There is no universal definition of precarious work, but here in B.C. we see precarious work as being work that is often marked by low pay, little security and few -- if any -- basic employment standards. It can include part-time, casual, temporary and seasonal workers whose hours are not guaranteed. Gig work can often be considered precarious work.

Independent Contractors

Here in B.C., most workers are eligible for the benefits and protections established by the Employment Standards Act (ESA), such as minimum wage, overtime, and statutory holiday and vacation pay. Independent contractors are not employees under the ESA, so they are not subject to the statutory employment standards. Workers with questions around how the ESA applies to them can visit the Employment Standards Branch website.

If a complaint is filed and the Employment Standards Branch (ESB) is asked to determine whether a worker is an independent contractor or employee, the ESB will look at the specific circumstances of the situation as well as the relationship between the two parties.

Calling a person an independent contractor, even if the worker agrees, does not decide the issue. The ESB makes the determination of whether a worker is an employee based on the requirements of the ESA, including its definitions of “employee,” “employer,” and “work”. If there is disagreement with the decision, the matter can be appealed to the independent Employment Standards Tribunal.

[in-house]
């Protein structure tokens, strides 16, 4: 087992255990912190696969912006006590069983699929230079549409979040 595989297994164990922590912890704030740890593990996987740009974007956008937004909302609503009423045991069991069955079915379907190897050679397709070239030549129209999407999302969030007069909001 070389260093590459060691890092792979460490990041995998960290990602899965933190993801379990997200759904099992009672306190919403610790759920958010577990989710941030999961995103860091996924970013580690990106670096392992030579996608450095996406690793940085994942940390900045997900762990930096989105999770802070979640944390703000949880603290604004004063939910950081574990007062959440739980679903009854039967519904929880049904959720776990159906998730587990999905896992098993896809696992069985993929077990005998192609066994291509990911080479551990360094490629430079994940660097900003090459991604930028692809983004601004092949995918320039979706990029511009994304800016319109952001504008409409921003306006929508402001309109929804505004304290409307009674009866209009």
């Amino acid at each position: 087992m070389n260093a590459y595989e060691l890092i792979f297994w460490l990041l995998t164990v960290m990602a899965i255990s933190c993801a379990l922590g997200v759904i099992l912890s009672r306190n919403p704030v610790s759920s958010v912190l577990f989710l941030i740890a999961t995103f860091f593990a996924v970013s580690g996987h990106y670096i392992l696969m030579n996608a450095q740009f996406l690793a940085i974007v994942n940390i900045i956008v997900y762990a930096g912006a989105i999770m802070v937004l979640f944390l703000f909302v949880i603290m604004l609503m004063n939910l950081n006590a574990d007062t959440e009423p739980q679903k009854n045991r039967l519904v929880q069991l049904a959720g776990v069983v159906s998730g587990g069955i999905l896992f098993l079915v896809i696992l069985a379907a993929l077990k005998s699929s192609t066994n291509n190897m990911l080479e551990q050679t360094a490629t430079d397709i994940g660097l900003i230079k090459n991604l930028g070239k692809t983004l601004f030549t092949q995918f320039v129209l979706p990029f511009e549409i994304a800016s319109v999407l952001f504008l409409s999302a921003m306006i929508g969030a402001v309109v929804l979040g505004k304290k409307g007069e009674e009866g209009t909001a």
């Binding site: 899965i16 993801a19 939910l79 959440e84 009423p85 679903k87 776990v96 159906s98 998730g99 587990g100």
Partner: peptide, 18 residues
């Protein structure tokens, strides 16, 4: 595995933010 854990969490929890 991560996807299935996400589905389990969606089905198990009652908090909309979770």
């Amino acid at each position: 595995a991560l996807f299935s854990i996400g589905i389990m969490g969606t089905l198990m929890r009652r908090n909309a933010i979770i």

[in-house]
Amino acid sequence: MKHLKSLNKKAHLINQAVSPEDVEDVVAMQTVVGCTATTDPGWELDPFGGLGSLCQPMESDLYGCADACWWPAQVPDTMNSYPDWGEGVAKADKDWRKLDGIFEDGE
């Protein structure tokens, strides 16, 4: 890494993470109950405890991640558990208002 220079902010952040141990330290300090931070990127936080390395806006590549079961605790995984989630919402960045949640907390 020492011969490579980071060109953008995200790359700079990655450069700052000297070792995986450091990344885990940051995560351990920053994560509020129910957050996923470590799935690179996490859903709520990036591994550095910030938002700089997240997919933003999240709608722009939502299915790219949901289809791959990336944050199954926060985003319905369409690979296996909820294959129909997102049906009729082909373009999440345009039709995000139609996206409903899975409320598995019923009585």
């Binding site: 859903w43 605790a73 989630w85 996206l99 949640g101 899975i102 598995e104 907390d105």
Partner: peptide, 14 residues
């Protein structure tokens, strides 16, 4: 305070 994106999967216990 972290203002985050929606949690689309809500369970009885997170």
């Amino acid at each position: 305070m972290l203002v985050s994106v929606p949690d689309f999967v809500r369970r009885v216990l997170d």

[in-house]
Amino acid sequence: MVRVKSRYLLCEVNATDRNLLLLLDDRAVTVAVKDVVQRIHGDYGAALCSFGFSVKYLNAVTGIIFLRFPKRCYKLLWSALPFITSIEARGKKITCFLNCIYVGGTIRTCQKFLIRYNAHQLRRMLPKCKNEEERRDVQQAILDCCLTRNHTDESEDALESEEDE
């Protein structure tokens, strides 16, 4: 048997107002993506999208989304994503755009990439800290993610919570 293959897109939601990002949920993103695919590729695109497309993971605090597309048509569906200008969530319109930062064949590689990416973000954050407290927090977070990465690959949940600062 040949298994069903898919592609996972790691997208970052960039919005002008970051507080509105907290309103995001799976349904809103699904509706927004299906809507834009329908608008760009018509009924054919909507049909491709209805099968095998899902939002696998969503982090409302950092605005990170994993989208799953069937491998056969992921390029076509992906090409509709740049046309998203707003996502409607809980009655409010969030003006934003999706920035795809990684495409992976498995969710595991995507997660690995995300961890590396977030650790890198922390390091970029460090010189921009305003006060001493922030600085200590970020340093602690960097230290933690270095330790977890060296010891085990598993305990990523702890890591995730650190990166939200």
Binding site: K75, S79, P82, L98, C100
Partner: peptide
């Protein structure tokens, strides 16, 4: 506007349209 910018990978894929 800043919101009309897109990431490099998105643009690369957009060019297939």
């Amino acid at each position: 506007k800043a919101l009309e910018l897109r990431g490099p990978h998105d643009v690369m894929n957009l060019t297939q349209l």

The proposed amendments to the ESA, introduced on November 20, 2023, will provide that ride-hail and food-delivery workers will be considered to be “employees” specifically for the purposes of the ESA. This will ensure that the specified employment standards will apply to these workers, whether they are employees or independent contractors under any law.

To protect the flexibility that workers value, and to address their top priorities, certain employment standards under the ESA will apply to these workers: alternate standards designed to specifically address the unique needs of this industry will be created by regulation, and some of the ESA’s existing provisions will not apply at this time. To learn more, read the related November 16, 2023 news release.

Summer/Fall 2023 Engagement

The Ministry of Labour developed a discussion paper: Proposing Employment Standards and Other Protections for App-Based Ride-Hail and Food-Delivery Workers in British Columbia. Released August 3, 2023, this formed the basis of the most recent round of engagement considering potential standards and protections for these workers.